CrazyEgg – provides Click HeatMap, Click Confetti (find out where people click based on their referrer, search terms, etc.), Site Overlay to look at the hard data, ability to share results and export data. Live reporting.

ClickDensity – provides Click Heatmap, Click Map (shows where all clicks are on page), Hover Map which displays usage data for individual items on your page, Page Summary stats, specify an internal page (URL) that a visitor must have viewed in their session BEFORE the current page or a page (URL) that a visitor must have viewed in their session AFTER the current page, ability to save heatmaps etc as a .jpg.

ClickHeat – provide a visual Heatmap of clicks on a HTML page, showing hot and cold click zones. While not as robust as the tools mentioned above, it is however free (Open Source).

Have you used other clicktracking tools and would like to share them? Let me know!

Categories : Analytics, Usability
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Unfortunately most ecommerce websites that I come across, a very high percentage of them are not effectively reaching their maximum level of potential performance capability, especially true of their online catalogs’ category pages. The goal of the category page is to quite simply help the potential buyer get to the right product page for the right product ultimately and hopefully ending in a sale.

What complicates the situation (although not really as complicated as one would think, and often used as an excuse, or unaware of by others) is that visitors arrive at various different stages in the buying process. This being so, the category page needs to provide the ability for the visitor at any stage of the buying process to narrow down their selections in order to easily get to the product pages of the products that fulfill their reason for being on your ecommerce website in the first place. As a refresher, here are the stages of the consumer buying process:

  1. Problem recognition or need awareness – the buyer needs to replace a broken TV, they really want a new cell phone, they want to look more stylish, etc. This can be self-recognized or realized through external sources such as peer pressure, or even marketing materials.
  2. Information search to help buyer determine possible available alternatives – examples of search include comparison shopping, internet research, word of mouth, and even the buyers own memory.
  3. Evaluation of available purchase options – deciding which features the buyer wants, etc., if you are not satisfied with the choices that you find, you end up back in the Information Search step again).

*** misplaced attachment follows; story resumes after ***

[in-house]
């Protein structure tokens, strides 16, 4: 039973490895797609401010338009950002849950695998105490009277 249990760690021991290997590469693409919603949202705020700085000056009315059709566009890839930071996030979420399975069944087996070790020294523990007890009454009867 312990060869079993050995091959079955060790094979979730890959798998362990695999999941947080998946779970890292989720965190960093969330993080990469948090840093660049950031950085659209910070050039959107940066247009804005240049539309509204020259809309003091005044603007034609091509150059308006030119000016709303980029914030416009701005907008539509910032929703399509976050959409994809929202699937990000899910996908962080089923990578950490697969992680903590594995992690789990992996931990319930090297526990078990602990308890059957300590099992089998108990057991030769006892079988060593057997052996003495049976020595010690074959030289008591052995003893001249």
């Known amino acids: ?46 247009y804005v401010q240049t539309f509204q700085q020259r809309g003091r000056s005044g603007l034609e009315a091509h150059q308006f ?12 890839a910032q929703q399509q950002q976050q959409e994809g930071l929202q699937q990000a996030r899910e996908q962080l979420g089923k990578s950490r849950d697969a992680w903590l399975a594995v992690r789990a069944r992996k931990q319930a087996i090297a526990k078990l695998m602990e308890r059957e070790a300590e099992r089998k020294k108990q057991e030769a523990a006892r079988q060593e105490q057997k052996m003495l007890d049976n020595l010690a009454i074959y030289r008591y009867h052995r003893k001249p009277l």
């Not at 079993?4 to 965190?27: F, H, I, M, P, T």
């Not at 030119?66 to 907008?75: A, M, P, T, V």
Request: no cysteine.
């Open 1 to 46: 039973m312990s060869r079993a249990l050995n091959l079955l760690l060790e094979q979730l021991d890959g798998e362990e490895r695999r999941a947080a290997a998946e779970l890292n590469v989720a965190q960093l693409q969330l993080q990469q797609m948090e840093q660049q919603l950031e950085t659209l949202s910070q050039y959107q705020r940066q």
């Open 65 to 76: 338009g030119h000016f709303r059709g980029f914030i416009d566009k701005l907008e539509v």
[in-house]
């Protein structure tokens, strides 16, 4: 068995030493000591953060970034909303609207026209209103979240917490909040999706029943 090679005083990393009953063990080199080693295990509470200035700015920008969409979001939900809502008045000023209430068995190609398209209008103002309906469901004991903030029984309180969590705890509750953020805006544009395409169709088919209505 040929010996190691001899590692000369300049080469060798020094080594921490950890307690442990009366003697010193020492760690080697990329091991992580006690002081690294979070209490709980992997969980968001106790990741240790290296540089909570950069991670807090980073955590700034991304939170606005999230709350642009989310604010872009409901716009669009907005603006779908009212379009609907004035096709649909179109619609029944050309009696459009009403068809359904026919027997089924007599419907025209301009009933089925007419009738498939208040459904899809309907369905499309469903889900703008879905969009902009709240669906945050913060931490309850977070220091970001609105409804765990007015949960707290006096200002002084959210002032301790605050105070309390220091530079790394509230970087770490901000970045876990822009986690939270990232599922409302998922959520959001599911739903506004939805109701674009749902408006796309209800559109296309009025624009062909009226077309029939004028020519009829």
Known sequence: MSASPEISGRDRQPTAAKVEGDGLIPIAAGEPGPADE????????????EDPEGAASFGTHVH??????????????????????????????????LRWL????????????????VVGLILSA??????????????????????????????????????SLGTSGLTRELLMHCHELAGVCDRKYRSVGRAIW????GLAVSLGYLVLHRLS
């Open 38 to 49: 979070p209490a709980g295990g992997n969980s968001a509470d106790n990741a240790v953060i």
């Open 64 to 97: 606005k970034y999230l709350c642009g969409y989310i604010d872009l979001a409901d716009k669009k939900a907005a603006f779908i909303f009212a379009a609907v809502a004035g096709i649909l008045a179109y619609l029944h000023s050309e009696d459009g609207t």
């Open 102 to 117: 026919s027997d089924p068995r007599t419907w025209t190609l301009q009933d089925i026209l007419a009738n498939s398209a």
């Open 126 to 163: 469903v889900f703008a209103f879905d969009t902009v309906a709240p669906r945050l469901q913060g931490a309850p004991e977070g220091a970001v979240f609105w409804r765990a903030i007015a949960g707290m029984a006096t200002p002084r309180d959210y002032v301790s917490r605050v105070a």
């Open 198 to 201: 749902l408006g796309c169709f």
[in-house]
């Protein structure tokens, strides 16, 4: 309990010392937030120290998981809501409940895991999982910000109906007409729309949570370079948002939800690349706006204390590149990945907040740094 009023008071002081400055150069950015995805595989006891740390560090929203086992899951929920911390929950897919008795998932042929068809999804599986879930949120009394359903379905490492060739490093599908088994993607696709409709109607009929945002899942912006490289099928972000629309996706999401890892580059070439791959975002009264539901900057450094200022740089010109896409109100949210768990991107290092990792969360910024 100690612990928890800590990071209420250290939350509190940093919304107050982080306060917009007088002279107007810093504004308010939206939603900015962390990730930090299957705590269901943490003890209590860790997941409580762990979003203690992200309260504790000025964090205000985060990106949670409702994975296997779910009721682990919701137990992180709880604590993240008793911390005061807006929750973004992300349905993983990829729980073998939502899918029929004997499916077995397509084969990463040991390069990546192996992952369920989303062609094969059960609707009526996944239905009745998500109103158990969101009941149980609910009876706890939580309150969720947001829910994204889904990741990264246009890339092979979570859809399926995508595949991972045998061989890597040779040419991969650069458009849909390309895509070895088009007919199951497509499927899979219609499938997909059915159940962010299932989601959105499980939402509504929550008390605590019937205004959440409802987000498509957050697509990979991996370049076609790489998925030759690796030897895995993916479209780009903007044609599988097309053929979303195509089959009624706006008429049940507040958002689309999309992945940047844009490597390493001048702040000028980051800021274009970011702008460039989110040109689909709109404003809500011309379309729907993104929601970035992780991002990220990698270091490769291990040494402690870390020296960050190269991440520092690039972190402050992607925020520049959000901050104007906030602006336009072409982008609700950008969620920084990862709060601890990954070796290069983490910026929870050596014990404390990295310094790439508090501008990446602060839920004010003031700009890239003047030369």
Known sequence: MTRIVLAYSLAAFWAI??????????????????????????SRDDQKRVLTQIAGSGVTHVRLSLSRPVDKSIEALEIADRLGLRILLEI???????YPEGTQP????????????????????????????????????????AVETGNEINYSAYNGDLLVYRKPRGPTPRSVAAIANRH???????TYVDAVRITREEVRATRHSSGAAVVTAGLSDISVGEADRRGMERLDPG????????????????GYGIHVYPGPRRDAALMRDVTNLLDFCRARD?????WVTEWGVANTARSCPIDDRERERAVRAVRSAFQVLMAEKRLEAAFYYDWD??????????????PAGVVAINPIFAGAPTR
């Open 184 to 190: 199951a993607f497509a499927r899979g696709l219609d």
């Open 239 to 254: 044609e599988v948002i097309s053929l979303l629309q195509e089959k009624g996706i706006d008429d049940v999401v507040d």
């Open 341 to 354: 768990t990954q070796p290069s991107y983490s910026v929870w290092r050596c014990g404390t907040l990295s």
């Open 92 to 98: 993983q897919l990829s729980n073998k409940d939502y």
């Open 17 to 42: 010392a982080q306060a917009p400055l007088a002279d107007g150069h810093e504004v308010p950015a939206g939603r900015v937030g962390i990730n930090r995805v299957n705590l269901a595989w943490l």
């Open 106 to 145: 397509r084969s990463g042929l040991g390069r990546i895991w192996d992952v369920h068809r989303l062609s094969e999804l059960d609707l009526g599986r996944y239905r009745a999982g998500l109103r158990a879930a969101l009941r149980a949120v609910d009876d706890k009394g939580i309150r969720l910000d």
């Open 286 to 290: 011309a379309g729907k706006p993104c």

4. Purchase decision – this is where the buyer chooses the alternative they want to buy (the actual product, the make, model, the store, etc.).
  5. Purchase – the actual purchase itself.
  6. Post purchase behavior – the evaluation of the purchase such as satisfaction or dissatisfaction.

Not all visitors will arrive to your site at the same stage in the buying process. Universally, not all visitors will go through all of the stages, and not all visitors will be at the same point inside each stage of the process, some may be just entering a specific stage, while others may be near exiting a specific stage.

Many category pages fail to help the potential buyer actually get to the right product, but rather leave it up to them to figure out what that right product is and how to get to it, on their own nonetheless. This is often ineffectively done by overcrowding category pages with individual products (or predominately featuring them on the pages most important real estate) instead of providing the functionality for the visitor to further narrow down their selections. An effective category page’s primary purpose in most ecommerce instances should not be to sell a product on that page, but to provide the “tools” to help the user further navigate to the right product or products with as much ease as possible and therefore with as little friction as possible on the way.

For example, if I am looking for a TV, and I am on your TV category page, I most likely do not want to see all of the 250 TV’s that you carry. Help me navigate to just the plasma’s, or just the LCD’s, or all TV’s by size, or all TV’s within my budget. Better yet, how about providing a “what type of TV is best for you” wizard option on the category page for those who haven’t made a decision between the various types or features or benefits and for those who aren’t as knowledgeable. They could use the help in narrowing down the available selections.